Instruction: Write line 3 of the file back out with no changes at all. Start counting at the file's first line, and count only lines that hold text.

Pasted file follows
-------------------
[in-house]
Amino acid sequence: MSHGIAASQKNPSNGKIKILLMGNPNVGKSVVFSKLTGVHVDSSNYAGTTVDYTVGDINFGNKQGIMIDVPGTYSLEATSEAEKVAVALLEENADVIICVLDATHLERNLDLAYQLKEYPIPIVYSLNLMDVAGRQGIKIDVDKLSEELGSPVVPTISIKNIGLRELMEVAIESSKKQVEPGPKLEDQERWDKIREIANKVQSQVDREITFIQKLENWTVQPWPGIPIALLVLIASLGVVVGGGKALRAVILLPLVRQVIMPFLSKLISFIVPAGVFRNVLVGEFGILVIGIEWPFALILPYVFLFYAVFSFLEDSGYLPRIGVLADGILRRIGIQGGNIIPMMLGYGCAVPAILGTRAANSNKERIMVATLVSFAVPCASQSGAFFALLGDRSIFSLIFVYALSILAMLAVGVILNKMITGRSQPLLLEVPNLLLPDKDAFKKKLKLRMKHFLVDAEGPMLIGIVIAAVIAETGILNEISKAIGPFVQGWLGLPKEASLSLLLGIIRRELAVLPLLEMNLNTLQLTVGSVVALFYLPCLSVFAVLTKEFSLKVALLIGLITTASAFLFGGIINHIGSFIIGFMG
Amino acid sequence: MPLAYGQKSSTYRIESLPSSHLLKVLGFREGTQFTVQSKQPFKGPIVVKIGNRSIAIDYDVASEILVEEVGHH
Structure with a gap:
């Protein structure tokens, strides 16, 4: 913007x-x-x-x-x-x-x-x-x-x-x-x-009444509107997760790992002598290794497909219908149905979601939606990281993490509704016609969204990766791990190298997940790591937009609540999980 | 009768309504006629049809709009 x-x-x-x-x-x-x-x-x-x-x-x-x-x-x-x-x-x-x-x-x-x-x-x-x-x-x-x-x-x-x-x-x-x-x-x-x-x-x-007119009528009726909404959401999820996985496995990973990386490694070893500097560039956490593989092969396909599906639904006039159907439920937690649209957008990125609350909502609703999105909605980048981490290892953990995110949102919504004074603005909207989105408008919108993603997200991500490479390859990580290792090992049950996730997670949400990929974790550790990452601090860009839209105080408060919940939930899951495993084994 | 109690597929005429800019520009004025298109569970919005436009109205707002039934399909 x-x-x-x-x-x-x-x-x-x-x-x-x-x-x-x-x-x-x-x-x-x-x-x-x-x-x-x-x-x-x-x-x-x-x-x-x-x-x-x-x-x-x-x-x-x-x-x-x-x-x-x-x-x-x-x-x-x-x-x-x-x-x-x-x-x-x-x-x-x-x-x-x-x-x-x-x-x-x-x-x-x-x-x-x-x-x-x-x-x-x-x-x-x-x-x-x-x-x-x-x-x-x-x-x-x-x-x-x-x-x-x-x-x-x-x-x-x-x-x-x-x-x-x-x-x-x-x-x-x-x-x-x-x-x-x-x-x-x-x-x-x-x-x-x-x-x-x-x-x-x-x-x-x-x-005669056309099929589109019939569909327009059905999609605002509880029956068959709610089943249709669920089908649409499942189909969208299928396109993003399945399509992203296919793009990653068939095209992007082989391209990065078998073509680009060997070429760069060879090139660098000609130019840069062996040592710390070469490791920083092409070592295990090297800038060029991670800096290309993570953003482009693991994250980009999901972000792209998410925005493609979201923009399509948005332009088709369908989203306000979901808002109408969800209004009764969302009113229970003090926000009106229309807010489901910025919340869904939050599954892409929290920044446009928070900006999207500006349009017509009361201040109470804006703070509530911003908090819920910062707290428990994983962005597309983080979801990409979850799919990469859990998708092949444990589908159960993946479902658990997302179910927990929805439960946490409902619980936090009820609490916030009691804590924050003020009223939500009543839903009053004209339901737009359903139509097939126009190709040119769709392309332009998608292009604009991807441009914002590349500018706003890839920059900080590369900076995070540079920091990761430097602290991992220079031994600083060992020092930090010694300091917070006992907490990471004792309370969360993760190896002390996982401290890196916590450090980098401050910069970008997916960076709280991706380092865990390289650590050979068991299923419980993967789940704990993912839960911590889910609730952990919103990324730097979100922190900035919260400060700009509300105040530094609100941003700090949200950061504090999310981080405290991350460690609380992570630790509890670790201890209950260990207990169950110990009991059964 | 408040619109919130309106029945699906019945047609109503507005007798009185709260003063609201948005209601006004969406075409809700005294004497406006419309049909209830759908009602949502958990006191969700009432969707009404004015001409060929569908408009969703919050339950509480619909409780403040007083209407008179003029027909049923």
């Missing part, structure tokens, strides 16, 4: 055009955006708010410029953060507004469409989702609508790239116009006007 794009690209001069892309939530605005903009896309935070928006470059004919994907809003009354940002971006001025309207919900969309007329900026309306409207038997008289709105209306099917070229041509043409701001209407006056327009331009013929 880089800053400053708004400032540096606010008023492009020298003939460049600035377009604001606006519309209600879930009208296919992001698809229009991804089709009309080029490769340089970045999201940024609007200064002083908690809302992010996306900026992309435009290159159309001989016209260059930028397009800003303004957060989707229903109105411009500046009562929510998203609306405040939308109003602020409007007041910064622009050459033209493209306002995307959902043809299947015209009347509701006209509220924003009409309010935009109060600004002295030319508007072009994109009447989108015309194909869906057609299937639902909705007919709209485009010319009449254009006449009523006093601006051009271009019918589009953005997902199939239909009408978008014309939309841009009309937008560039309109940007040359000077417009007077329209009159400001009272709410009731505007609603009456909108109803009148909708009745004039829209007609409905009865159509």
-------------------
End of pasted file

Amino acid sequence: MPLAYGQKSSTYRIESLPSSHLLKVLGFREGTQFTVQSKQPFKGPIVVKIGNRSIAIDYDVASEILVEEVGHH